Edwards jury shows no signs of nearing verdict

May 29, 2012

The Washington Post on May 29, 2012 released the following:

“By Manuel Roig-Franzia,

GREENSBORO, N.C. — Those color-coordinated alternate jurors in the John Edwards corruption case are at it again.

The four alternates — three women and one man — each wore gray or black tops Tuesday. Last week, they were even more in sync, each wearing red tops Friday and yellow Thursday.

The curious behavior of the alternates lends a bit of a sideshow atmosphere to deliberations now deep into their seventh day and showing every sign of continuing. One of the alternates, a 20-something woman, has frequently smiled at Edwards, sometimes flipping her hair or eyeing him in a manner that some have interpreted as flirtatious. But on Tuesday, the woman — dubbed “the Lady in Red” over the weekend by some commentators — was much more reserved.

There have been hints of tensions in the jury room, and Tuesday, Judge Catherine Eagles lamented to jurors and alternates in open court that many things can happen during long deliberations and “some aren’t good.” Eagles warned the jurors about making sure that their deliberations cannot be overheard in the courtroom.

During the week of deliberations, at least one juror has gestured across the room at alternates in the courtroom during breaks. The jury and the alternates have had an unusual level of interaction during the deliberations. Some judges don’t allow alternates to mingle with jurors, but Eagles has grouped them together in the same room for lunch.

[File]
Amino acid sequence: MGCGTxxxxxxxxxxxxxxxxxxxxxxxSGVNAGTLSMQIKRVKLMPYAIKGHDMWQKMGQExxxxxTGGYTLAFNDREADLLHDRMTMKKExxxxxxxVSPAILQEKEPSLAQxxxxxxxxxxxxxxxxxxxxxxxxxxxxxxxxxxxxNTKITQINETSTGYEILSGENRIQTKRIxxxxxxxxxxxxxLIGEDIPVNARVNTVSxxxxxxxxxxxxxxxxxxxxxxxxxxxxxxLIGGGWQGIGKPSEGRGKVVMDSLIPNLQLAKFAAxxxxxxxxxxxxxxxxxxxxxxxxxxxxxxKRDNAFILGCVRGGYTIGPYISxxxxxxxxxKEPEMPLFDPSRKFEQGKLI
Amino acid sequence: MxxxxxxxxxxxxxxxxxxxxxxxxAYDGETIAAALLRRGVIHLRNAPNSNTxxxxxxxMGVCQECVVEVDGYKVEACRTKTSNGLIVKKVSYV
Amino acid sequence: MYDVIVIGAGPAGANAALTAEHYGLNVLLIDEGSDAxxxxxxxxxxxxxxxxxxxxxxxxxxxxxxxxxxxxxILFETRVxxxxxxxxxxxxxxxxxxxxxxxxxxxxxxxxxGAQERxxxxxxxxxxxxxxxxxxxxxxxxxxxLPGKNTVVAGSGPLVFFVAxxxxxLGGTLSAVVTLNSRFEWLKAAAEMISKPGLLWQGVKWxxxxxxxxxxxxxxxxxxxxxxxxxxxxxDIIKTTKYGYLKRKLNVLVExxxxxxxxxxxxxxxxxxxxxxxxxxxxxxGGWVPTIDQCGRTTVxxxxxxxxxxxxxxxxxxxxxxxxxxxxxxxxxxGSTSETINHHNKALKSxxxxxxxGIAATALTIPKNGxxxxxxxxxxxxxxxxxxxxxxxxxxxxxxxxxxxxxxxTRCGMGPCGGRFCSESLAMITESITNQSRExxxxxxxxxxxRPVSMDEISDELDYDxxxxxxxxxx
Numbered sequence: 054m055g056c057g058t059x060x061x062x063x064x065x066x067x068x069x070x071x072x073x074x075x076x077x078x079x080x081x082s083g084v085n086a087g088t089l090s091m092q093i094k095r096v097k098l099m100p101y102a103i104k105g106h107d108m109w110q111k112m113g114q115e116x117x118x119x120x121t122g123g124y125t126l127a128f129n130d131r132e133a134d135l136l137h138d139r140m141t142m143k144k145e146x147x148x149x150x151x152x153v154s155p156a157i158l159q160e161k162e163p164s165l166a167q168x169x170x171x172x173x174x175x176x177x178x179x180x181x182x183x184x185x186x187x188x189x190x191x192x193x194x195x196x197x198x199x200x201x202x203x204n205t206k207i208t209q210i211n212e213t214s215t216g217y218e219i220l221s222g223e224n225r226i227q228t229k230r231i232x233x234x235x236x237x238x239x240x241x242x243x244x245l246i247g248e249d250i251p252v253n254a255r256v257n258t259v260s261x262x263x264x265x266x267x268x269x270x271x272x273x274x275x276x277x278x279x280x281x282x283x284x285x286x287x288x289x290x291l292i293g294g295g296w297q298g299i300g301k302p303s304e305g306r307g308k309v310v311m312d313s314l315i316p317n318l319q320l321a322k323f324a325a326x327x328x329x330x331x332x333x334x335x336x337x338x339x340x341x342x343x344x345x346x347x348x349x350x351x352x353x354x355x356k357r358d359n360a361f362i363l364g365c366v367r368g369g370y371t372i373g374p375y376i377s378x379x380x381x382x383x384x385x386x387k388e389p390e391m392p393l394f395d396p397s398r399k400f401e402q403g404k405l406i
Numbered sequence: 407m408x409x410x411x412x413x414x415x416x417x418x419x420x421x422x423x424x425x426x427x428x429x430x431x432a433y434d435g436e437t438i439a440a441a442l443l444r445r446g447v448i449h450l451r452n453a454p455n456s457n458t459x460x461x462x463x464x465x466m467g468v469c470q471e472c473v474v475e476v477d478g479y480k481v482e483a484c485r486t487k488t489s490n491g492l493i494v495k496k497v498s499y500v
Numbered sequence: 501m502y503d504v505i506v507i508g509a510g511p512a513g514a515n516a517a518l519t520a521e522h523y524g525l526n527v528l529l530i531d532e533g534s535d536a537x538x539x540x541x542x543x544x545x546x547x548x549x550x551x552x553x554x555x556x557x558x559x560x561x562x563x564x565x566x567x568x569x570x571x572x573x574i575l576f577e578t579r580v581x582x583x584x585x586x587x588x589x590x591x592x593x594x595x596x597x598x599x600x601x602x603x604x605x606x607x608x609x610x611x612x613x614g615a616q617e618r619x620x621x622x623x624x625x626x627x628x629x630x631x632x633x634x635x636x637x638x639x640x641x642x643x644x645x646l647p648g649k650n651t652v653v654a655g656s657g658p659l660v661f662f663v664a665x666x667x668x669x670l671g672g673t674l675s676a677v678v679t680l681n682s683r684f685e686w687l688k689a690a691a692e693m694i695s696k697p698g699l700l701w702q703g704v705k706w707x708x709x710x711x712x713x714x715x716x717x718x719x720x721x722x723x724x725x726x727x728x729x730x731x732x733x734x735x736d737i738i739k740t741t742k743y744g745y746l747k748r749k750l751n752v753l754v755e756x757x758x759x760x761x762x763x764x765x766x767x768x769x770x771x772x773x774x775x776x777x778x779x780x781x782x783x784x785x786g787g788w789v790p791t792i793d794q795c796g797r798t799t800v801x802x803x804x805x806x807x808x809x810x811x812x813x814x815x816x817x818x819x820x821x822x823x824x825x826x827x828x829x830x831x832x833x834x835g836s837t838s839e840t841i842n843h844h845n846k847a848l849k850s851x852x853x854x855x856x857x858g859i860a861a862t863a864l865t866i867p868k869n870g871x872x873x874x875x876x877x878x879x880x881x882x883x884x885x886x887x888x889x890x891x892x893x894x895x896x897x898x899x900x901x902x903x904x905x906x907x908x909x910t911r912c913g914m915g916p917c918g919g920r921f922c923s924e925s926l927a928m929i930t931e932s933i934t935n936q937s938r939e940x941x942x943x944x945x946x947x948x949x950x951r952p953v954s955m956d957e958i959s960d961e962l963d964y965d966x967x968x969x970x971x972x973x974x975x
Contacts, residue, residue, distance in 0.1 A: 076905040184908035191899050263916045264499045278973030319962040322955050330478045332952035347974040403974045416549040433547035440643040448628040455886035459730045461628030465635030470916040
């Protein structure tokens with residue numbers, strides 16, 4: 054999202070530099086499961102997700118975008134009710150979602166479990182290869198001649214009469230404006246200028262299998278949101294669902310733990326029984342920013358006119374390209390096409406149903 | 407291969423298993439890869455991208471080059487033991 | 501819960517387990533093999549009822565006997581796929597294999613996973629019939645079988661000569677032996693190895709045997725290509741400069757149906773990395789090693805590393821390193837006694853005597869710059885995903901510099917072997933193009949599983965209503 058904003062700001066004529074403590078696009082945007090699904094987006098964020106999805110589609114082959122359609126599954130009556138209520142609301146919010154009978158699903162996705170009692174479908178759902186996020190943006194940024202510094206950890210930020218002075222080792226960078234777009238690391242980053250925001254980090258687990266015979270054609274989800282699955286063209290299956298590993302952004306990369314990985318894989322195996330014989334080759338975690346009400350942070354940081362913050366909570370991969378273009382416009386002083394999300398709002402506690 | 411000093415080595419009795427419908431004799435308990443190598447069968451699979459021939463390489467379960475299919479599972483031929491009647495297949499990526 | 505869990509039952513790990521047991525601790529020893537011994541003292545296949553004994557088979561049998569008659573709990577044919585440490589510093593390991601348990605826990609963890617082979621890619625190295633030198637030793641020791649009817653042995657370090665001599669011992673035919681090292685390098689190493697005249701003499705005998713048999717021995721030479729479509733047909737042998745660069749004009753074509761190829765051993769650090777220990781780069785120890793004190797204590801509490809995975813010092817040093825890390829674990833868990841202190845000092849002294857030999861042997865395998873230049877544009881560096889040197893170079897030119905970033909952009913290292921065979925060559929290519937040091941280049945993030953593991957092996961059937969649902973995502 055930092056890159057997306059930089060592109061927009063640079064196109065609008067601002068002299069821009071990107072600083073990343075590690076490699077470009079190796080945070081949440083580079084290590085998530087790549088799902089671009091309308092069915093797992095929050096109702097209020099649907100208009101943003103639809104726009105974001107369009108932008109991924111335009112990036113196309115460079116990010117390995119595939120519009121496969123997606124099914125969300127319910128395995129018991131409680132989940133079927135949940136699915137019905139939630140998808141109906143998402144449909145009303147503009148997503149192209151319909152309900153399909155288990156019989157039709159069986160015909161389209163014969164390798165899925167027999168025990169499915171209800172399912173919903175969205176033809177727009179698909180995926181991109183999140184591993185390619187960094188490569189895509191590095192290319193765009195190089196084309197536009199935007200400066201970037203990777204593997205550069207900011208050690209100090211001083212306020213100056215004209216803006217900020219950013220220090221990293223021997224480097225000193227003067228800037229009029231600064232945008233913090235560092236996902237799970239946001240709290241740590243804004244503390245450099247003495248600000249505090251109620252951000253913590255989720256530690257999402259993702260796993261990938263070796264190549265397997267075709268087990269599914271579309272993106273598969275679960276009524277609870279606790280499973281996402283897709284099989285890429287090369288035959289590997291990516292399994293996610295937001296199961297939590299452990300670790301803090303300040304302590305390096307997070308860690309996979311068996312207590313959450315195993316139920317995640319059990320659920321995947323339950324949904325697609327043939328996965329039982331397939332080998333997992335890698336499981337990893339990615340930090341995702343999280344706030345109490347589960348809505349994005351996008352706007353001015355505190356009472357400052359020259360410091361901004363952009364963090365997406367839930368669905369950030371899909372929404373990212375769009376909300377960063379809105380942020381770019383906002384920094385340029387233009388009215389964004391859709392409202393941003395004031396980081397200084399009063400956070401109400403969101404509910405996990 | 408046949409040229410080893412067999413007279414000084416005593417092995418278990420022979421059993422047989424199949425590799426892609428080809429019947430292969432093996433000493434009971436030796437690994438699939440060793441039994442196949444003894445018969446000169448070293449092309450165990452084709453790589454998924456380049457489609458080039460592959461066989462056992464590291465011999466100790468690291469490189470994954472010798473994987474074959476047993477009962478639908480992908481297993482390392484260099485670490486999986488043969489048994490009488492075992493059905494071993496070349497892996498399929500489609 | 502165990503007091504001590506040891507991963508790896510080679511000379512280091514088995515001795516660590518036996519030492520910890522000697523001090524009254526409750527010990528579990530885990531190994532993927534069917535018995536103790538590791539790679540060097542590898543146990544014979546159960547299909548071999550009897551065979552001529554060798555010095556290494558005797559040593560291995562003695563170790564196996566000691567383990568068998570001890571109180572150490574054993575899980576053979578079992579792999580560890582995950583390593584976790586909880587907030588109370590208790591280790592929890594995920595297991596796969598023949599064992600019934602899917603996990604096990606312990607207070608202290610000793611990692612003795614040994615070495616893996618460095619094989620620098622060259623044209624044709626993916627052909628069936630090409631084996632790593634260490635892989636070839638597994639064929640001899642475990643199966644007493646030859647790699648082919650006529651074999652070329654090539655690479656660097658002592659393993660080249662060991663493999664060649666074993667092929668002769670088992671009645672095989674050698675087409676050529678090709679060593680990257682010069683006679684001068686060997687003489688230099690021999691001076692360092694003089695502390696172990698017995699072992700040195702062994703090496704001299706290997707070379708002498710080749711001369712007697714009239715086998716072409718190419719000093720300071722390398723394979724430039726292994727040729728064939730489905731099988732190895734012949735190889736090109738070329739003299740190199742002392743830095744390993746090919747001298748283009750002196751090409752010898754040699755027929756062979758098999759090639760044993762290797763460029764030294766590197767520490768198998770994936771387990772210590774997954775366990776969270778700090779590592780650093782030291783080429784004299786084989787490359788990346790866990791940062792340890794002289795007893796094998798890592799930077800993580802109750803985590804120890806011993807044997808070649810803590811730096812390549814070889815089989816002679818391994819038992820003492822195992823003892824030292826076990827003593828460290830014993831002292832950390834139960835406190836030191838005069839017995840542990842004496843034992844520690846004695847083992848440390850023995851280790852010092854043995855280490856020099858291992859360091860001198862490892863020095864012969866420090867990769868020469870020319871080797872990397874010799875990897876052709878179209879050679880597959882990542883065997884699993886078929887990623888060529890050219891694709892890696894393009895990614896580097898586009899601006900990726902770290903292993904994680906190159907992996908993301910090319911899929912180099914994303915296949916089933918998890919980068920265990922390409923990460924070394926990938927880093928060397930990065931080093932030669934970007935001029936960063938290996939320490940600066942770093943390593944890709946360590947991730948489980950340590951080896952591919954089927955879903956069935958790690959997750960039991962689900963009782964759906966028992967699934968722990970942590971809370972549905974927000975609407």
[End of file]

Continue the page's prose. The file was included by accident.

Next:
“That’s very unusual,” said Kieran Shanahan, a defense attorney. Federal prosecutors agreed.

Eagles seemed to be urging both jurors and alternates to relax Tuesday, saying, “Give yourself a mental break over lunch.”

The case is in its sixth week. Edwards is accused of six counts of campaign finance violations and conspiracy for allegedly failing to report to the Federal Election Commission almost $1 million in payments from wealthy donors during and after his 2008 presidential campaign that was used to cover up his extramarital affair with Rielle Hunter and the child she bore him.

The jury has been given hundreds of exhibits for a second look, and the judge seemed to be digging in Thursday for much more deliberating. Before they went off to lunch, Eagles told jurors and alternates that she would consider scheduling conflicts raised by jurors not only this week but also next week.

“It appears,” she said, “to be high school graduation season.””

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Douglas McNabb – McNabb Associates, P.C.’s
Federal Criminal Defense Attorneys Videos:

Federal Crimes – Be Careful

Federal Crimes – Be Proactive

Federal Crimes – Federal Indictment

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To find additional federal criminal news, please read Federal Criminal Defense Daily.

Douglas McNabb and other members of the U.S. law firm practice and write and/or report extensively on matters involving Federal Criminal Defense, INTERPOL Red Notice Removal, International Extradition Defense, OFAC SDN Sanctions Removal, International Criminal Court Defense, and US Seizure of Non-Resident, Foreign-Owned Assets. Because we have experience dealing with INTERPOL, our firm understands the inter-relationship that INTERPOL’s “Red Notice” brings to this equation.

The author of this blog is Douglas C. McNabb. Please feel free to contact him directly at mcnabb@mcnabbassociates.com or at one of the offices listed above.


John Edwards’ lawyers: $1M used to hide mistress wasn’t campaign contribution; FEC agreed

May 14, 2012

The Washington Post on May 14, 2012 released the following:

“By Associated Press,

GREENSBORO, N.C. — After weeks of testimony about John Edwards’ illicit affair and the money used to cover it up, his defense attorneys opened their case Monday by digging into the details of federal campaign finance law.